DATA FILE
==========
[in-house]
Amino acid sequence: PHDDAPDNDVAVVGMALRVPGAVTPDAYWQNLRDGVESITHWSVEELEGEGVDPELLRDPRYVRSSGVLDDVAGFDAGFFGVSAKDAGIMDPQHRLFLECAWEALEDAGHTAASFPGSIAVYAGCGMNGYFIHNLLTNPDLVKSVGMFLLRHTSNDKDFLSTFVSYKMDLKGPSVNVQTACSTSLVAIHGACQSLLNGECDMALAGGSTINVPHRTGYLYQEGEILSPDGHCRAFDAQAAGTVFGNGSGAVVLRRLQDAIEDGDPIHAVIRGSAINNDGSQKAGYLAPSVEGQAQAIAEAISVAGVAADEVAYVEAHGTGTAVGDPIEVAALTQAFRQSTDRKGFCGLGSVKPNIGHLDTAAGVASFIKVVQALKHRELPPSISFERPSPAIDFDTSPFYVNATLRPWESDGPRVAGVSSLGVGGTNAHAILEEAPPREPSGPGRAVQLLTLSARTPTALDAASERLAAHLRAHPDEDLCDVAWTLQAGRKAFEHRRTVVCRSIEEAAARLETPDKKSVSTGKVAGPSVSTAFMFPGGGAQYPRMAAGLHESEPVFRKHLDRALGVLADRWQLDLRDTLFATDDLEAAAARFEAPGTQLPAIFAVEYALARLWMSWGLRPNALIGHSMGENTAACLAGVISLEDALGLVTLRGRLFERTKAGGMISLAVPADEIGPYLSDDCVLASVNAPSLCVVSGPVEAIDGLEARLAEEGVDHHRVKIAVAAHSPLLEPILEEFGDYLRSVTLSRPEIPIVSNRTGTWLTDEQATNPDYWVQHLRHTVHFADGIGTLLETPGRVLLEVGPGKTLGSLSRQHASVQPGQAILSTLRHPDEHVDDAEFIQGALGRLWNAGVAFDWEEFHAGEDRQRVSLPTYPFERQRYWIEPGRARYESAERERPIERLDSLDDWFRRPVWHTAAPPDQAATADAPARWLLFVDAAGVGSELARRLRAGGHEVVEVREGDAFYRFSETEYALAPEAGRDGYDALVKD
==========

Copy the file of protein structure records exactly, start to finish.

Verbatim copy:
[in-house]
Amino acid sequence: PHDDAPDNDVAVVGMALRVPGAVTPDAYWQNLRDGVESITHWSVEELEGEGVDPELLRDPRYVRSSGVLDDVAGFDAGFFGVSAKDAGIMDPQHRLFLECAWEALEDAGHTAASFPGSIAVYAGCGMNGYFIHNLLTNPDLVKSVGMFLLRHTSNDKDFLSTFVSYKMDLKGPSVNVQTACSTSLVAIHGACQSLLNGECDMALAGGSTINVPHRTGYLYQEGEILSPDGHCRAFDAQAAGTVFGNGSGAVVLRRLQDAIEDGDPIHAVIRGSAINNDGSQKAGYLAPSVEGQAQAIAEAISVAGVAADEVAYVEAHGTGTAVGDPIEVAALTQAFRQSTDRKGFCGLGSVKPNIGHLDTAAGVASFIKVVQALKHRELPPSISFERPSPAIDFDTSPFYVNATLRPWESDGPRVAGVSSLGVGGTNAHAILEEAPPREPSGPGRAVQLLTLSARTPTALDAASERLAAHLRAHPDEDLCDVAWTLQAGRKAFEHRRTVVCRSIEEAAARLETPDKKSVSTGKVAGPSVSTAFMFPGGGAQYPRMAAGLHESEPVFRKHLDRALGVLADRWQLDLRDTLFATDDLEAAAARFEAPGTQLPAIFAVEYALARLWMSWGLRPNALIGHSMGENTAACLAGVISLEDALGLVTLRGRLFERTKAGGMISLAVPADEIGPYLSDDCVLASVNAPSLCVVSGPVEAIDGLEARLAEEGVDHHRVKIAVAAHSPLLEPILEEFGDYLRSVTLSRPEIPIVSNRTGTWLTDEQATNPDYWVQHLRHTVHFADGIGTLLETPGRVLLEVGPGKTLGSLSRQHASVQPGQAILSTLRHPDEHVDDAEFIQGALGRLWNAGVAFDWEEFHAGEDRQRVSLPTYPFERQRYWIEPGRARYESAERERPIERLDSLDDWFRRPVWHTAAPPDQAATADAPARWLLFVDAAGVGSELARRLRAGGHEVVEVREGDAFYRFSETEYALAPEAGRDGYDALVKD